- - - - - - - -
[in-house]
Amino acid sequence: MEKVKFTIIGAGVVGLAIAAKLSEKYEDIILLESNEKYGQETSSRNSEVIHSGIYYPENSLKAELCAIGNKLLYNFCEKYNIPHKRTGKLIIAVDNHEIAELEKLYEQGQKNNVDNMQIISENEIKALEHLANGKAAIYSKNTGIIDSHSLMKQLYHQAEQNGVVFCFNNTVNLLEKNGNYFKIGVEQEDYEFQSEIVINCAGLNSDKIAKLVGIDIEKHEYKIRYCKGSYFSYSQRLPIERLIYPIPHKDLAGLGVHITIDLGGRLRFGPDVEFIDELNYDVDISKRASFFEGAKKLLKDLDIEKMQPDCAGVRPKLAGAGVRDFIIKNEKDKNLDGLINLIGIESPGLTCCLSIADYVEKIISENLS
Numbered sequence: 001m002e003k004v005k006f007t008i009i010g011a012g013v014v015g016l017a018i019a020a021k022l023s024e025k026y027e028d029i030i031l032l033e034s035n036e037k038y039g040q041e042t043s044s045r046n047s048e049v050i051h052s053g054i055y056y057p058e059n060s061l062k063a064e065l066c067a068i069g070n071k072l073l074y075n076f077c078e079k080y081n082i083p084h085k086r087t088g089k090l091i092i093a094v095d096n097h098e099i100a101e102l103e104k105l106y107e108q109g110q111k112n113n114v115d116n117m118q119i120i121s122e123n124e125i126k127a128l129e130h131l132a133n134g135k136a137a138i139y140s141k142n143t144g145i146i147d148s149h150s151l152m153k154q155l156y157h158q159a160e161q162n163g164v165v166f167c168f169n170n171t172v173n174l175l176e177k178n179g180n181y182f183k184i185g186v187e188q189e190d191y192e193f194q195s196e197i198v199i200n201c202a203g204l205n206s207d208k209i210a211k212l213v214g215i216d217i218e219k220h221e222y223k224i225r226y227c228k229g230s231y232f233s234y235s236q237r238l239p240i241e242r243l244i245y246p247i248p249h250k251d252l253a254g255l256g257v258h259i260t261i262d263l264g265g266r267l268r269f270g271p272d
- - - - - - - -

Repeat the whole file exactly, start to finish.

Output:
[in-house]
Amino acid sequence: MEKVKFTIIGAGVVGLAIAAKLSEKYEDIILLESNEKYGQETSSRNSEVIHSGIYYPENSLKAELCAIGNKLLYNFCEKYNIPHKRTGKLIIAVDNHEIAELEKLYEQGQKNNVDNMQIISENEIKALEHLANGKAAIYSKNTGIIDSHSLMKQLYHQAEQNGVVFCFNNTVNLLEKNGNYFKIGVEQEDYEFQSEIVINCAGLNSDKIAKLVGIDIEKHEYKIRYCKGSYFSYSQRLPIERLIYPIPHKDLAGLGVHITIDLGGRLRFGPDVEFIDELNYDVDISKRASFFEGAKKLLKDLDIEKMQPDCAGVRPKLAGAGVRDFIIKNEKDKNLDGLINLIGIESPGLTCCLSIADYVEKIISENLS
Numbered sequence: 001m002e003k004v005k006f007t008i009i010g011a012g013v014v015g016l017a018i019a020a021k022l023s024e025k026y027e028d029i030i031l032l033e034s035n036e037k038y039g040q041e042t043s044s045r046n047s048e049v050i051h052s053g054i055y056y057p058e059n060s061l062k063a064e065l066c067a068i069g070n071k072l073l074y075n076f077c078e079k080y081n082i083p084h085k086r087t088g089k090l091i092i093a094v095d096n097h098e099i100a101e102l103e104k105l106y107e108q109g110q111k112n113n114v115d116n117m118q119i120i121s122e123n124e125i126k127a128l129e130h131l132a133n134g135k136a137a138i139y140s141k142n143t144g145i146i147d148s149h150s151l152m153k154q155l156y157h158q159a160e161q162n163g164v165v166f167c168f169n170n171t172v173n174l175l176e177k178n179g180n181y182f183k184i185g186v187e188q189e190d191y192e193f194q195s196e197i198v199i200n201c202a203g204l205n206s207d208k209i210a211k212l213v214g215i216d217i218e219k220h221e222y223k224i225r226y227c228k229g230s231y232f233s234y235s236q237r238l239p240i241e242r243l244i245y246p247i248p249h250k251d252l253a254g255l256g257v258h259i260t261i262d263l264g265g266r267l268r269f270g271p272d